DASHBOARD Forums Other Movement Disorders PATHOPHYSIOLOGY OF PARKINSON’S Reply To: PATHOPHYSIOLOGY OF PARKINSON’S

  • Amy Bullen

    Member
    October 18, 2021 at 10:09 am

    It is unknown as to what causes the dopamine deficiency in the substantia nigra pars compacta cells in basal ganglia/midbrain of people with IPD. Diagnosis usually occurs between 55-65years of age (in which up to 60% of cells can already have perished), but symptoms can be present up to 20years prior.

    There are stages of progression of the disease: Braak Stages 1-2 (autonomic disturbances), 3-4 (sleep and motor disturbances), 5-6 (emotional and cognitive impairment) which correlate with progressive brain disease and infiltration of Lewy bodies.

    Clinical Diagnosis of IPD based on presence of primary motor impairments and non-motor symptoms, exclusion of other neurological conditions and response to medication.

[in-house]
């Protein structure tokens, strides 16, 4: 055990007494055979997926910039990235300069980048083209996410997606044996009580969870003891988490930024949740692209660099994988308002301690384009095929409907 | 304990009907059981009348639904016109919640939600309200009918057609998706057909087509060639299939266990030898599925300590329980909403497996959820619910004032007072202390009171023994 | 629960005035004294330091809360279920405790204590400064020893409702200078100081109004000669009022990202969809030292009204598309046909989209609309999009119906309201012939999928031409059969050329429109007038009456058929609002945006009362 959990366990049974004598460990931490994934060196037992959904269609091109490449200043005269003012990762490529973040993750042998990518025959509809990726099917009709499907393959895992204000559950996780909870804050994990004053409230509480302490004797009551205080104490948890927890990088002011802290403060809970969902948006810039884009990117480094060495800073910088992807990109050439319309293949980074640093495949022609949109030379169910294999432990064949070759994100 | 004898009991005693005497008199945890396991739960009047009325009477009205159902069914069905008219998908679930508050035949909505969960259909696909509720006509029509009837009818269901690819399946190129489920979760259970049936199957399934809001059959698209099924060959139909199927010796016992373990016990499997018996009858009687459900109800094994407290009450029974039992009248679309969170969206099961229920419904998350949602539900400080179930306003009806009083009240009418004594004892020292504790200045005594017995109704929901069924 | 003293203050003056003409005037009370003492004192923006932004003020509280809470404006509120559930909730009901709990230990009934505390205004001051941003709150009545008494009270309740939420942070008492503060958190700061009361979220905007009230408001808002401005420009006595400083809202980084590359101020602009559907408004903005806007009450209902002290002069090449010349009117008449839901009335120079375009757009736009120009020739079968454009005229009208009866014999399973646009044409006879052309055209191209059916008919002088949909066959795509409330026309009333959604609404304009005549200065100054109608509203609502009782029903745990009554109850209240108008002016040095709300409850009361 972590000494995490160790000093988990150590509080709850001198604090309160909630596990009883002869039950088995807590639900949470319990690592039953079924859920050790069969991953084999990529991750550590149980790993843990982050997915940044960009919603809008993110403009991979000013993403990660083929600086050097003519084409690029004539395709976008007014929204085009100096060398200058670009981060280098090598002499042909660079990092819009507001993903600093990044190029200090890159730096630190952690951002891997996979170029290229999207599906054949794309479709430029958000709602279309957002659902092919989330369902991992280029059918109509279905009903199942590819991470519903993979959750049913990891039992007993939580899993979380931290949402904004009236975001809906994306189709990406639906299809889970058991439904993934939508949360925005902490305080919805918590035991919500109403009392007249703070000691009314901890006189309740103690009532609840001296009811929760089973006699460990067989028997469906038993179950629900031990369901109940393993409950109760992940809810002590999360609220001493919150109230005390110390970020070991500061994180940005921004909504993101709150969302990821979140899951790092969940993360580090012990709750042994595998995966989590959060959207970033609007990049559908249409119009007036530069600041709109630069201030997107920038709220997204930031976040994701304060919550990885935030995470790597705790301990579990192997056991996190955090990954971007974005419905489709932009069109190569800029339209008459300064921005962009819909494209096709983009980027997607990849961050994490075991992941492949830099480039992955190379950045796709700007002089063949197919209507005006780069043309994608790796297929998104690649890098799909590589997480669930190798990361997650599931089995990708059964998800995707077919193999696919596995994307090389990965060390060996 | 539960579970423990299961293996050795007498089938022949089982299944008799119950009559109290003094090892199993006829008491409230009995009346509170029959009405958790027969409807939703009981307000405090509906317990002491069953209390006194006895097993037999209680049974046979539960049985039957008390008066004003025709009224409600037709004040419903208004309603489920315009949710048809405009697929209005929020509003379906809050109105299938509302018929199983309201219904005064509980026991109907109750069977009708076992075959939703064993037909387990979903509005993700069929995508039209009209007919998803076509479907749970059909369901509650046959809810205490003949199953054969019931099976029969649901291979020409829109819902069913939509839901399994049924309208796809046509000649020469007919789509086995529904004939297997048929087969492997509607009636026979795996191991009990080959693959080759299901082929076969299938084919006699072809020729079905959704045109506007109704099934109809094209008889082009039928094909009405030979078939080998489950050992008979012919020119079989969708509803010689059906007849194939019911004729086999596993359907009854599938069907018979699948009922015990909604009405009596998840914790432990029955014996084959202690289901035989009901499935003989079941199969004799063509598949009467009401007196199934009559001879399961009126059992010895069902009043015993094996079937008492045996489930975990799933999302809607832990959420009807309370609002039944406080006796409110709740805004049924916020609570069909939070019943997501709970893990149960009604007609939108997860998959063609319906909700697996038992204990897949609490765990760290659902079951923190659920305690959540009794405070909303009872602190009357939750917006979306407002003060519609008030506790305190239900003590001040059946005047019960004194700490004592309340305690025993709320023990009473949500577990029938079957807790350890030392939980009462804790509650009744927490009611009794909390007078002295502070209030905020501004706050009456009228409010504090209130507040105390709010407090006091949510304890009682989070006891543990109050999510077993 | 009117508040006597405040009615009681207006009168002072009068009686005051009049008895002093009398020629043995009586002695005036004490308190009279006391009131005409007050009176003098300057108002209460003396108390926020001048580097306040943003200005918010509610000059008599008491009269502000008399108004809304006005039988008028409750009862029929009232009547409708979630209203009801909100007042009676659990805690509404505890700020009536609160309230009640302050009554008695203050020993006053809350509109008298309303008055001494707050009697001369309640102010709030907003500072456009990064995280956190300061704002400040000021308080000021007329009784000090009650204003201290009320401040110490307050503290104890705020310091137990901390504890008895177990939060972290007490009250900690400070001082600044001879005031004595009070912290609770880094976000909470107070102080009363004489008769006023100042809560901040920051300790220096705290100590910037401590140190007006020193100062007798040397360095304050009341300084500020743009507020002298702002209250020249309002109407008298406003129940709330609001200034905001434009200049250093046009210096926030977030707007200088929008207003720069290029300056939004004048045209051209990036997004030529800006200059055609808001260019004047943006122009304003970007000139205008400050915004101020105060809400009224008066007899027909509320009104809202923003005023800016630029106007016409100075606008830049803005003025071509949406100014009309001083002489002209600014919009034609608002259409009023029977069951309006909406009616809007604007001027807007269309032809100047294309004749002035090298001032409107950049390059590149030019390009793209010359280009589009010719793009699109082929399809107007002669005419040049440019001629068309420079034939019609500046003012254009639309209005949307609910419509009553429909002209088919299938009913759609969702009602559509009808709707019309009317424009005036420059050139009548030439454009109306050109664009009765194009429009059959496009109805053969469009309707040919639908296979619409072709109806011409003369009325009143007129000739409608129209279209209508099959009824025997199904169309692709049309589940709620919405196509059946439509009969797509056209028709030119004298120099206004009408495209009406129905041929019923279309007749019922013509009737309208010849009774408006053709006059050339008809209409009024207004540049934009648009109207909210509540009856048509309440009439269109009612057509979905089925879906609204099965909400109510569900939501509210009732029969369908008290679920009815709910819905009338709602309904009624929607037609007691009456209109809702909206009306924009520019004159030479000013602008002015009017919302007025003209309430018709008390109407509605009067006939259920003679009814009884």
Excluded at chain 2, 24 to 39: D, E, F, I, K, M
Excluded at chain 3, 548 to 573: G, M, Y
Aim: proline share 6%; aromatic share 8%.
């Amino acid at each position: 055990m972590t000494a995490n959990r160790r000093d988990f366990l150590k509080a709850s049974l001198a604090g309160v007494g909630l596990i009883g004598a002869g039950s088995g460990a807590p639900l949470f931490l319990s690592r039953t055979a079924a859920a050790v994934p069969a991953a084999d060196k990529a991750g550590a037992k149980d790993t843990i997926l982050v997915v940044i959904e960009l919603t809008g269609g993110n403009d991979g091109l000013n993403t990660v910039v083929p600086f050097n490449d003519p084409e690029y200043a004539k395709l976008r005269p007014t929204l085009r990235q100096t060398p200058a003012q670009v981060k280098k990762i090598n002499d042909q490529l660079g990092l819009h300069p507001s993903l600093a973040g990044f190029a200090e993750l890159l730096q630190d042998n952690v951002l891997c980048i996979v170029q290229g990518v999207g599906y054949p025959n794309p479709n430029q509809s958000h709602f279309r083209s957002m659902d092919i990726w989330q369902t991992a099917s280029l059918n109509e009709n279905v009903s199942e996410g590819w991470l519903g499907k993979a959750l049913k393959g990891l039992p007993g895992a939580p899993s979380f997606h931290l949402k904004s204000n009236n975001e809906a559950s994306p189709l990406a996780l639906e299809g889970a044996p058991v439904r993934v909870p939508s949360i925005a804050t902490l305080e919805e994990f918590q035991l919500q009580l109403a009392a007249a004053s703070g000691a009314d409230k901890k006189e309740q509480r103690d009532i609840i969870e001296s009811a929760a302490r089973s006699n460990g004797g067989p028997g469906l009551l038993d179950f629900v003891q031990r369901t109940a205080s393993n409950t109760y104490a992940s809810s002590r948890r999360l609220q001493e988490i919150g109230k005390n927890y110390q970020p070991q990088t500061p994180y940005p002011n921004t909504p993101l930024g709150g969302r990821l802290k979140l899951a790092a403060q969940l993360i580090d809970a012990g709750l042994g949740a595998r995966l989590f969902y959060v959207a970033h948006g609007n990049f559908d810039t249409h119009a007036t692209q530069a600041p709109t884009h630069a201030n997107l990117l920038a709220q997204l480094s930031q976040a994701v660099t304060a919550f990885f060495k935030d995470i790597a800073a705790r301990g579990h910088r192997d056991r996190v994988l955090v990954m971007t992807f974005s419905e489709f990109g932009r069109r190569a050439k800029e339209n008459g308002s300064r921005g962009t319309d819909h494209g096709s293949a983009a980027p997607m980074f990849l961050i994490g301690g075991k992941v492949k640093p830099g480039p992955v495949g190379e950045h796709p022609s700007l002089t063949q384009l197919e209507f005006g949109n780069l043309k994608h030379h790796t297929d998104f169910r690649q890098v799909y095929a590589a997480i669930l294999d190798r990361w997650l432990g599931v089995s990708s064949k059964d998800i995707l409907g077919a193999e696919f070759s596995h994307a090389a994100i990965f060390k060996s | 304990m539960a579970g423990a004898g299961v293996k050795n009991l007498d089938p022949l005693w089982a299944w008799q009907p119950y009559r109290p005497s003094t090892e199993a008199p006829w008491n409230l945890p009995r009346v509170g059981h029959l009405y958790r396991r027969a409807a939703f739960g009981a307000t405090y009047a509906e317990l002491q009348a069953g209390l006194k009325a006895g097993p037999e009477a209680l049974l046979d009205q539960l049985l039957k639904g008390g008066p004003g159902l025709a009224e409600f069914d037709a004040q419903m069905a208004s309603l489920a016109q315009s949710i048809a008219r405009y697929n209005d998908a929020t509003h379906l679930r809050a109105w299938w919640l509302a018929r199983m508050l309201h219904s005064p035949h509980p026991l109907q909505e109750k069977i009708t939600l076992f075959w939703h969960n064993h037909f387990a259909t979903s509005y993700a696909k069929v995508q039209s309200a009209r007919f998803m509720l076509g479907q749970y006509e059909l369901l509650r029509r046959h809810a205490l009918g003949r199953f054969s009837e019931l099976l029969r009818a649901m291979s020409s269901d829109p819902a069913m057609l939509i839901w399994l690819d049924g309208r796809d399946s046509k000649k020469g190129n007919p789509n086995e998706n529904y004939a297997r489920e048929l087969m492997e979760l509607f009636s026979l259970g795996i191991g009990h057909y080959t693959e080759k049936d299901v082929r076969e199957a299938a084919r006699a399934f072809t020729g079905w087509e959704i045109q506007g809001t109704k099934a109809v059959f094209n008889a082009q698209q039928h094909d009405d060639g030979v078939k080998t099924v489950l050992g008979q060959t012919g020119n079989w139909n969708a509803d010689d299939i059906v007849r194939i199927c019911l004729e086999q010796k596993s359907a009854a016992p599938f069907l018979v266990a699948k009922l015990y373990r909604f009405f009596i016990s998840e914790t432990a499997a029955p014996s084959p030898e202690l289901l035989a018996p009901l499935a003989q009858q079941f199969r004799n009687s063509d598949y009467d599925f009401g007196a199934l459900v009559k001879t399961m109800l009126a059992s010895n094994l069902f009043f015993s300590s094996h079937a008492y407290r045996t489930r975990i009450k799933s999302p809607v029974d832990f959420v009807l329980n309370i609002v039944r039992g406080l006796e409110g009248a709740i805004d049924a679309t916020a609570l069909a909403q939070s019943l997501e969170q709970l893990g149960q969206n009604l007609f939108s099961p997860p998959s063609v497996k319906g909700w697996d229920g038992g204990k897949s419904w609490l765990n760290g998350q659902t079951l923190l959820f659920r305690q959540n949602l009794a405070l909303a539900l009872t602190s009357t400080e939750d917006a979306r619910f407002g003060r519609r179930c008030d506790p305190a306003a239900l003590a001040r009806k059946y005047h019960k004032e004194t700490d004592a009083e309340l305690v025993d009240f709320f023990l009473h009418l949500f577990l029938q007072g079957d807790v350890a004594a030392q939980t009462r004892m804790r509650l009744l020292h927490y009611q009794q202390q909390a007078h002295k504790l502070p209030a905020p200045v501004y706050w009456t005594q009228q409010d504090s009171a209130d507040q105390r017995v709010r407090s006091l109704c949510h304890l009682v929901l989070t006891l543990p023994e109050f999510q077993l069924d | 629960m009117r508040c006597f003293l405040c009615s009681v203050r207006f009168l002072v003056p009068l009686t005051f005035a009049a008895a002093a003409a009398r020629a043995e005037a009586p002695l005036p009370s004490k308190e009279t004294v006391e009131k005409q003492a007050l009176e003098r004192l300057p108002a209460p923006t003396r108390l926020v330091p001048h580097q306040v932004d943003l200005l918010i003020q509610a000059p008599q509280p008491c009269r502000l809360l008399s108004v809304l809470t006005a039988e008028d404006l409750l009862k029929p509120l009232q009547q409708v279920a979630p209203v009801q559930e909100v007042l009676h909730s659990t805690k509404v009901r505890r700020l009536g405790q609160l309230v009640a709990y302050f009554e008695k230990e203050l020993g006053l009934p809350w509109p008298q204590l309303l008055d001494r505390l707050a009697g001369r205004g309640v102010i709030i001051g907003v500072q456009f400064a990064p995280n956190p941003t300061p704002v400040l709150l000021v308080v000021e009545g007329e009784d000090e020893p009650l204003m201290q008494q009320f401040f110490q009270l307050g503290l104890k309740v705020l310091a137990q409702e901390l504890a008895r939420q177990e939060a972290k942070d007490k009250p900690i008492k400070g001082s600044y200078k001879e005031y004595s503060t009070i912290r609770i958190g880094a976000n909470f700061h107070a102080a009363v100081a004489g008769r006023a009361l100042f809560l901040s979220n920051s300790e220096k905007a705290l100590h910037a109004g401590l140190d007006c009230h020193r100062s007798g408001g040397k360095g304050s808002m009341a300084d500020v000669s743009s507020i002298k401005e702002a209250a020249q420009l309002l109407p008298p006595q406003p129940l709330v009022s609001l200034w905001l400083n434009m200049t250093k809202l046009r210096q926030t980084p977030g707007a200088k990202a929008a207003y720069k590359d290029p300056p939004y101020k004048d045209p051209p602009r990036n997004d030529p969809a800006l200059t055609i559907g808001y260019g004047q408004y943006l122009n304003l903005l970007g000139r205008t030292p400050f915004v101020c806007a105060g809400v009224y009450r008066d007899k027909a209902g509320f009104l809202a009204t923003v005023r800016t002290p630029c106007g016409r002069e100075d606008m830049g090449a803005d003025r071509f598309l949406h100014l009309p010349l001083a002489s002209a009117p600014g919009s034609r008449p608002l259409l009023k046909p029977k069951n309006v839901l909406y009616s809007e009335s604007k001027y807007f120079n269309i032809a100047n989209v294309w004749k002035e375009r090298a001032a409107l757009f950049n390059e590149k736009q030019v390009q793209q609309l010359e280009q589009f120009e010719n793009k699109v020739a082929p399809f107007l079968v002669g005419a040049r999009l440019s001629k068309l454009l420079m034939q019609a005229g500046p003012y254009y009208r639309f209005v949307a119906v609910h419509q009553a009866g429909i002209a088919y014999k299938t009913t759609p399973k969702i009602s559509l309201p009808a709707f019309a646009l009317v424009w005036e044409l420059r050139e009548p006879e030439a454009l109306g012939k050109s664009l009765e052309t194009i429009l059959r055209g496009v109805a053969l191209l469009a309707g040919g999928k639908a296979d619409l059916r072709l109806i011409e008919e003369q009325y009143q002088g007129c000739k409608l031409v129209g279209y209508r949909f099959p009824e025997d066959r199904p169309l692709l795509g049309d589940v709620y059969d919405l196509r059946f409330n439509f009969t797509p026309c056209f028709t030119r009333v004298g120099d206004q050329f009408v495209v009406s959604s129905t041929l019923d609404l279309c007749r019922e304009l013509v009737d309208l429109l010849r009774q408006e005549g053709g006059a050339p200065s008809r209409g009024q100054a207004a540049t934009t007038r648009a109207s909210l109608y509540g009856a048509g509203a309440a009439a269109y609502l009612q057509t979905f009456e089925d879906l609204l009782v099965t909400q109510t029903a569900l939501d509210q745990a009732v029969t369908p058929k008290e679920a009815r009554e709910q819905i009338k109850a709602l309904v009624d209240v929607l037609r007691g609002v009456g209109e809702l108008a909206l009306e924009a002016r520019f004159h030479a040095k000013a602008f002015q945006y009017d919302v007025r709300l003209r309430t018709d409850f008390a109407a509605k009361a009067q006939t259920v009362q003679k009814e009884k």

Primary motor impairments include: hypo/bradykinesia, tremor, rigidity, weakness, akinesia

    The types of IPD are: bradykinesia (target amplitude, scale, symmetry), tremor dominant (target forced use, motor output, high effort), agility impaired (target weight shift, agility, falls prevention, dynamic balance)

    Non motor impairments, such as depression, apathy, anxiety, cognitive impairment, autonomic system dysfunction can greatly affect quality of life.

    Secondary impairments like changes to mood, sedentary behaviours, and falls can also have a large impact.

    Medications don’t have an effect on disease progression, only on symptoms, and are thought to support neurorestoration only. However, if clients can move better, there is more potential for a training effect. Therefore, it is important for medications and exercise to work in partnership for optimising outcomes.